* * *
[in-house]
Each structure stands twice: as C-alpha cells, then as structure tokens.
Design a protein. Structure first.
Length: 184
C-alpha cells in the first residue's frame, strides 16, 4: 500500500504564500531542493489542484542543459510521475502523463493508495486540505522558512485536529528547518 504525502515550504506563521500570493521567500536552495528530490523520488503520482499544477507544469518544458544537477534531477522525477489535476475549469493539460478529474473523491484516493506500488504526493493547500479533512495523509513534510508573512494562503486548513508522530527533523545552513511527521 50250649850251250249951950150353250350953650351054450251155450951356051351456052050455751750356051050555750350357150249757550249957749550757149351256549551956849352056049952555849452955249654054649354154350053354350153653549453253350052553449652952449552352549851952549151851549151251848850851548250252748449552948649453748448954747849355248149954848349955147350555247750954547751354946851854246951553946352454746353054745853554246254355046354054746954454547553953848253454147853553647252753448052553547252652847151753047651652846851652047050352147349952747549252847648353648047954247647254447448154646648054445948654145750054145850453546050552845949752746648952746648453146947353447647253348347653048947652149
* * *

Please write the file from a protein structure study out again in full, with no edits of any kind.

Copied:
[in-house]
Each structure stands twice: as C-alpha cells, then as structure tokens.
Design a protein. Structure first.
Length: 184
C-alpha cells in the first residue's frame, strides 16, 4: 500500500504564500531542493489542484542543459510521475502523463493508495486540505522558512485536529528547518 504525502515550504506563521500570493521567500536552495528530490523520488503520482499544477507544469518544458544537477534531477522525477489535476475549469493539460478529474473523491484516493506500488504526493493547500479533512495523509513534510508573512494562503486548513508522530527533523545552513511527521 50250649850251250249951950150353250350953650351054450251155450951356051351456052050455751750356051050555750350357150249757550249957749550757149351256549551956849352056049952555849452955249654054649354154350053354350153653549453253350052553449652952449552352549851952549151851549151251848850851548250252748449552948649453748448954747849355248149954848349955147350555247750954547751354946851854246951553946352454746353054745853554246254355046354054746954454547553953848253454147853553647252753448052553547252652847151753047651652846851652047050352147349952747549252847648353648047954247647254447448154646648054445948654145750054145850453546050552845949752746648952746648453146947353447647253348347653048947652149